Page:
Implementation Science is an open access, peer-reviewed online journal that aims to publish research relevant to the scientific study of methods to promote the uptake of research findings into routine healthcare in clinical, organisational or policy contexts.
- Martin Eccles, Newcastle University
- Anne Sales, Department of Veterans Affairs and University of Michigan
- Michel Wensing, Radboud University Nijmegen Medical Centre
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Implementation Science recently launched an editorial and web survey asking just this question and 201 readers responded. 93% supported a Society; 70% would become a member; 60% would attend meetings.
On the question of "Important or Very Important" roles for a society - 90% said to provide an international forum for scientific exchange; 88% said to promote and lobby for implementation science; 83% said to help researchers disseminate their findings; 71% said to announce training, development opportunities. 26% would favour a separate meeting, 46% would favour integrating with existing meetings.
Implementation Science 2013, 8:35
Study Protocol Policy
Study protocols describe proposed or ongoing research, providing a detailed account of the hypothesis, rationale, and methodology of the study. The work described should have been funded through competitive external peer review and have appropriate ethics permissions. Systematic review protocols should be submitted to Systematic Reviews.
Martin Eccles is Co-Editor-in-Chief of Implementation Science along with Brian Mittman. They launched their journal with BioMed Central in February 2006.
Martin Eccles is Professor of Clinical Effectiveness and the William Leach Professor of Primary Care Research at the University of Newcastle upon Tyne, UK where he runs the Clinical Effectiveness research programme. The overall aim of the programme is to improve patient outcomes through receiving appropriate healthcare and covers four areas: systematic reviews; hypothesis generating studies; hypothesis testing studies (usually randomised controlled trials of interventions to promote the uptake of research evidence into practice); and the exploration of theory relevant to this area, in order to better understand clinician behaviour and design interventions to promote change. He has published widely on implementation issues.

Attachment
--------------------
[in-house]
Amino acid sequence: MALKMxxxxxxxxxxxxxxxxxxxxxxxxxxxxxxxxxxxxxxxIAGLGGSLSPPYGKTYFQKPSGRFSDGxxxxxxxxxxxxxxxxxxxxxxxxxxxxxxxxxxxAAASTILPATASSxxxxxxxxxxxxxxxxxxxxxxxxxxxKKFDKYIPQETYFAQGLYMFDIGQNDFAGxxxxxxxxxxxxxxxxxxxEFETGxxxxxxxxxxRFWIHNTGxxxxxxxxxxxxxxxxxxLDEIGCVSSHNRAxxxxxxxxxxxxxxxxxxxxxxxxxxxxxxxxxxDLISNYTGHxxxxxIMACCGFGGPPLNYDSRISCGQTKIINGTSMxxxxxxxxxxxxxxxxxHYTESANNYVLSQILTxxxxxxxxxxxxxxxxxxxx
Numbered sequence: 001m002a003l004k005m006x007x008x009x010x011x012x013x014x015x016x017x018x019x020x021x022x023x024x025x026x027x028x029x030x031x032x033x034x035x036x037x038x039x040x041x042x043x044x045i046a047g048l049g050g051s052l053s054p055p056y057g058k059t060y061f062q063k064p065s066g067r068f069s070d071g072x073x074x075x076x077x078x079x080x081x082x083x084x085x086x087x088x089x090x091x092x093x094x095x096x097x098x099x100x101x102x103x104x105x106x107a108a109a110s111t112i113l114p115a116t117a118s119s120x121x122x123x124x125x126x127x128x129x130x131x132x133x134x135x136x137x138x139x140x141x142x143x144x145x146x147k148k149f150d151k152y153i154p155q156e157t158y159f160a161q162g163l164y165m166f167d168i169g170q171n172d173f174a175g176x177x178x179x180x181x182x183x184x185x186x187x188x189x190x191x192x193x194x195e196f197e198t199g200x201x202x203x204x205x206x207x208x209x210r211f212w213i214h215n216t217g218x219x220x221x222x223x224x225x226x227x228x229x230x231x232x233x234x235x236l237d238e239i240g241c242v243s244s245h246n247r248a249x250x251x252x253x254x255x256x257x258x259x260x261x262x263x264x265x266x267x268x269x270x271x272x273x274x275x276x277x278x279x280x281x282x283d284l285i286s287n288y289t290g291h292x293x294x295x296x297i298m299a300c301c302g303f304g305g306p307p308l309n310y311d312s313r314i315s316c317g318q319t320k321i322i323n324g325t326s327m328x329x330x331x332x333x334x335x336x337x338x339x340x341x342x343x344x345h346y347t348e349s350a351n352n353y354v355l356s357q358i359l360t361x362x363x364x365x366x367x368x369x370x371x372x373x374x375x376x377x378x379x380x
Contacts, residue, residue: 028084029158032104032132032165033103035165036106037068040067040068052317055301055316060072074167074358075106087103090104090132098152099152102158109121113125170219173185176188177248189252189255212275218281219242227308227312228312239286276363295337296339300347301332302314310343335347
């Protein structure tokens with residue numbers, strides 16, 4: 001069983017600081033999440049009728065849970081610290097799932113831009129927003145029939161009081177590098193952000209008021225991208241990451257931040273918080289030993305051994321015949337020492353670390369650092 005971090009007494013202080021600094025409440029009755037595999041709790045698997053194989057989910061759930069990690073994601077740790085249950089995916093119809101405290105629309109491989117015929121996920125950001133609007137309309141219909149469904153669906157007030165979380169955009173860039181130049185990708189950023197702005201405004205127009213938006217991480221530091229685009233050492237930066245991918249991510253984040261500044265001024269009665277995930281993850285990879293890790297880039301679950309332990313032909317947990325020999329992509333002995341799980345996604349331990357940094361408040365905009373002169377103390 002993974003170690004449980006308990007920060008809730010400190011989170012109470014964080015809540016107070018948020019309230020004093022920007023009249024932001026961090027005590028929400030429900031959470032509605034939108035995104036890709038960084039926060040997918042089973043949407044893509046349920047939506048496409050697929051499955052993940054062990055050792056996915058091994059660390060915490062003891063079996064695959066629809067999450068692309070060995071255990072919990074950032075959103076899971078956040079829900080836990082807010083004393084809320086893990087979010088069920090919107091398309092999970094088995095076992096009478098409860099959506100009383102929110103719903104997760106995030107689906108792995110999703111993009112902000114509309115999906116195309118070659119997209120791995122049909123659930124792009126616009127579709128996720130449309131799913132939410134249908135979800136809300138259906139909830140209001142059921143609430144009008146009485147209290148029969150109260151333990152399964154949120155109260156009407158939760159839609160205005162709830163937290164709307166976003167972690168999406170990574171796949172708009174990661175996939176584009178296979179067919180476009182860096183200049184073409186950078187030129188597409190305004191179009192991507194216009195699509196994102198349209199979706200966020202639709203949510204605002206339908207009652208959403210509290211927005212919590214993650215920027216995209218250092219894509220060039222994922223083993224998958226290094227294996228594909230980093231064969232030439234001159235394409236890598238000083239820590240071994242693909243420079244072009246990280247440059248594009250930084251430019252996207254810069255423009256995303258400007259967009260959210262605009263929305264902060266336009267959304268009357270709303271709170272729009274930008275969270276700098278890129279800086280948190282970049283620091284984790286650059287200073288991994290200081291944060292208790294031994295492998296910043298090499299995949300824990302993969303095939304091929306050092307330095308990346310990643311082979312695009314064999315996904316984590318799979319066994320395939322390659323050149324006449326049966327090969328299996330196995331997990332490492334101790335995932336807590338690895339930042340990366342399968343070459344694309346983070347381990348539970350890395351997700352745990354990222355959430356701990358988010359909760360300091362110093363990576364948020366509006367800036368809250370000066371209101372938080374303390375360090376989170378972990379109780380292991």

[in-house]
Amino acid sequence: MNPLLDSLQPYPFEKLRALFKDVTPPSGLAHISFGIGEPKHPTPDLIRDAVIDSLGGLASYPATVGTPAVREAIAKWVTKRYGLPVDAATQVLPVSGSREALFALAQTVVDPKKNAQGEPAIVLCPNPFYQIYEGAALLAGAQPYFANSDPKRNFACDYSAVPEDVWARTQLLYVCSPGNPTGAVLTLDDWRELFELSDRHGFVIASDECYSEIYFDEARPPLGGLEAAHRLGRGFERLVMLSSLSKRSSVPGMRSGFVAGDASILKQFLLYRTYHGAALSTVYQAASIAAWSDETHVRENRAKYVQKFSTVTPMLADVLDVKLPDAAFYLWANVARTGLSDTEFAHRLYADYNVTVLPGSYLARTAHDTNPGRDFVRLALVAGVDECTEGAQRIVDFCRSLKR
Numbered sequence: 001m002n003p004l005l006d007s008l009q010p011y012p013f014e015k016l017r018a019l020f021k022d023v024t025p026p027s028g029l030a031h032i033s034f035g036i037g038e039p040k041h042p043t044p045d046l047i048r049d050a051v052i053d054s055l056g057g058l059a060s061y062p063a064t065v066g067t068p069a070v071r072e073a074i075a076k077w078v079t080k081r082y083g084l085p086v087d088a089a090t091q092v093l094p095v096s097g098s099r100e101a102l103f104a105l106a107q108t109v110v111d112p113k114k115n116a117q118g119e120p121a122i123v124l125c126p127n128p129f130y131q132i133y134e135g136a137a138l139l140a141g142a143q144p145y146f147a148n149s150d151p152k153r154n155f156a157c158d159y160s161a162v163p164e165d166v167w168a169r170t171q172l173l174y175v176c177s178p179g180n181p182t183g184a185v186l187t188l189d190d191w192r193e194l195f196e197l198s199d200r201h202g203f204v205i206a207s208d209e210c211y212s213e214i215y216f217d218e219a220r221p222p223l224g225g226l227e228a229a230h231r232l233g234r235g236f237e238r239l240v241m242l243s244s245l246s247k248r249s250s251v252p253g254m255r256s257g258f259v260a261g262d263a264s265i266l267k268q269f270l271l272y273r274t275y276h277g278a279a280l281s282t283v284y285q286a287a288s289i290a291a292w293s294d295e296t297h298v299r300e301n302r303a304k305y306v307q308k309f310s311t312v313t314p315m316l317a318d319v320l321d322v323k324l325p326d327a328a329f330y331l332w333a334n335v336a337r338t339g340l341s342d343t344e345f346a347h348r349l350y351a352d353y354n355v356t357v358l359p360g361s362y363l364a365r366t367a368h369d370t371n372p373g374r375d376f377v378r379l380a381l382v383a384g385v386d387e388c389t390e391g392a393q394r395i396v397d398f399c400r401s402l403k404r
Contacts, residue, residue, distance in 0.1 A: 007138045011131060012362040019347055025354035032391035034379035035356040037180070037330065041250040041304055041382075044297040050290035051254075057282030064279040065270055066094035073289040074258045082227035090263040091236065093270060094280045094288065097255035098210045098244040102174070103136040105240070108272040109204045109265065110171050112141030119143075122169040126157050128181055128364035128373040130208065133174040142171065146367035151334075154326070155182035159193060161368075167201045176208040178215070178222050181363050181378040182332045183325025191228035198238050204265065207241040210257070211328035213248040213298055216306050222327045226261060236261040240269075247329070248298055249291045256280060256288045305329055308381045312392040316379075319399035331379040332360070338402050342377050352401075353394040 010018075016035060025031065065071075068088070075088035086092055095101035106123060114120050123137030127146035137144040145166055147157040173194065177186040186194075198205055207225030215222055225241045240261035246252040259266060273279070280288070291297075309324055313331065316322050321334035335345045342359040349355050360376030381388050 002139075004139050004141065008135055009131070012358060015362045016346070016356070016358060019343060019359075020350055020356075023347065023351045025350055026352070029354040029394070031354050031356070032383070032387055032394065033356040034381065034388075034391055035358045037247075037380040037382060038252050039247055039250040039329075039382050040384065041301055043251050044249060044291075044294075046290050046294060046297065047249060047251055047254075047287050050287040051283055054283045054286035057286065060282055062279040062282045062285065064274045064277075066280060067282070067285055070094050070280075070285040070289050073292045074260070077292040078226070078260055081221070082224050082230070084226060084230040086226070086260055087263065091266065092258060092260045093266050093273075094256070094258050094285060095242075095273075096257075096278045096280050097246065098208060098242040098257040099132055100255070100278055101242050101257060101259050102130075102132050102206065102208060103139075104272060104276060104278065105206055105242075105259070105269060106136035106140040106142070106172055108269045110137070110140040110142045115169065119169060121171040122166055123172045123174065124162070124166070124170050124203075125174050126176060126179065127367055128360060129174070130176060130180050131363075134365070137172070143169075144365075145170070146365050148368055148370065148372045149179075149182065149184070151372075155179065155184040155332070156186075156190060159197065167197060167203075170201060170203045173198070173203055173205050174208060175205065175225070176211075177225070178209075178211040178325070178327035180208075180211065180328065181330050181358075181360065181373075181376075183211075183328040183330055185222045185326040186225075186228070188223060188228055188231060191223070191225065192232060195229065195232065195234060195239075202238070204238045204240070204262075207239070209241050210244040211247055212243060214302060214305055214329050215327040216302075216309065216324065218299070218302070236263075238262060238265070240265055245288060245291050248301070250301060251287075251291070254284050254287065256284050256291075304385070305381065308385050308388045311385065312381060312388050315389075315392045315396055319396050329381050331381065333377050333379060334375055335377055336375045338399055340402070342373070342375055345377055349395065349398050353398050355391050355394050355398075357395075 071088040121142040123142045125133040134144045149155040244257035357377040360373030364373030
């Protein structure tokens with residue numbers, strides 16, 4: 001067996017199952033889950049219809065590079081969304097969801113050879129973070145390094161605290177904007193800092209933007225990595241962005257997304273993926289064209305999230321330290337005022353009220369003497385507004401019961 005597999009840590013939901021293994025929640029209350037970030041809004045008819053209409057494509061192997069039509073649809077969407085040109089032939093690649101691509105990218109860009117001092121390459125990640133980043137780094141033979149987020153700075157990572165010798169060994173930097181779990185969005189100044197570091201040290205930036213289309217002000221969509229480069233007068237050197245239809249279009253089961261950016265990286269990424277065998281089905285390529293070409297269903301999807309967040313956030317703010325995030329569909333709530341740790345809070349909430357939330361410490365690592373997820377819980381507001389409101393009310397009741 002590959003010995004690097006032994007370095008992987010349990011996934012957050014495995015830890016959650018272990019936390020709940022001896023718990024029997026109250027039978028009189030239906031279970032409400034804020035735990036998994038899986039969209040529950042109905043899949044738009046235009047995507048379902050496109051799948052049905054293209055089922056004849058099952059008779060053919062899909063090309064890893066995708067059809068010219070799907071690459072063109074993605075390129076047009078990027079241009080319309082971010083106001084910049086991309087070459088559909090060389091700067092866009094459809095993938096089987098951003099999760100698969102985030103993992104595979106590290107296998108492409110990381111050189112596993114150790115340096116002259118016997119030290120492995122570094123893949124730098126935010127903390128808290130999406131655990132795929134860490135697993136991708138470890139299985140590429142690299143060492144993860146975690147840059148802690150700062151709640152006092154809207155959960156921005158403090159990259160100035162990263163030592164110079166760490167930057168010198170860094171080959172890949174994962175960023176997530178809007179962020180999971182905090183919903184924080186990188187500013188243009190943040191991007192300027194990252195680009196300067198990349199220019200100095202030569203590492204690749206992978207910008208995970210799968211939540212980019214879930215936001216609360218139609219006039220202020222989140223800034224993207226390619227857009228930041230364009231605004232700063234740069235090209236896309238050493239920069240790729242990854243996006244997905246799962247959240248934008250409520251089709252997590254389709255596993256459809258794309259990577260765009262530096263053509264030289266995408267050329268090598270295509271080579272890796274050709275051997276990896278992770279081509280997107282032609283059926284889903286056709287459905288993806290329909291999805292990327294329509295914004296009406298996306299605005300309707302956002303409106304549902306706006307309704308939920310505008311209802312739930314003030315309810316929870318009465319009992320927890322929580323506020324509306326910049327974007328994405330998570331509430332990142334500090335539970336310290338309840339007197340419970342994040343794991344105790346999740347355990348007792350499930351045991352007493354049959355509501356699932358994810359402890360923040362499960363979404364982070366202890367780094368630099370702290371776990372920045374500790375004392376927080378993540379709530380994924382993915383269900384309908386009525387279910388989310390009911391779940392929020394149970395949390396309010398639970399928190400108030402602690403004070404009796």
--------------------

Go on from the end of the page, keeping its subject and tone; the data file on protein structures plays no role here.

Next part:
University of Newcastle upon Tyne
- Short Report | Checklist to assess quality of reporting of KT interventions using WIDER recommendations http://t.co/ERZfVdHEJD 3:50 PM May 16th, 2013
- Method | Evaluation of large weight management program using consolidated framework for implementation research http://t.co/yqSOHXbOER 8:10 AM May 12th, 2013
- Protocol | Testing use of payers to facilitate evidence-based practice adoption: cluster-RCT trial http://t.co/qxuCyTkmSP 8:08 AM May 12th, 2013
Volume 8 Suppl 1 (19 April 2013)
Arlington, VA, USA. 7-8 May 2012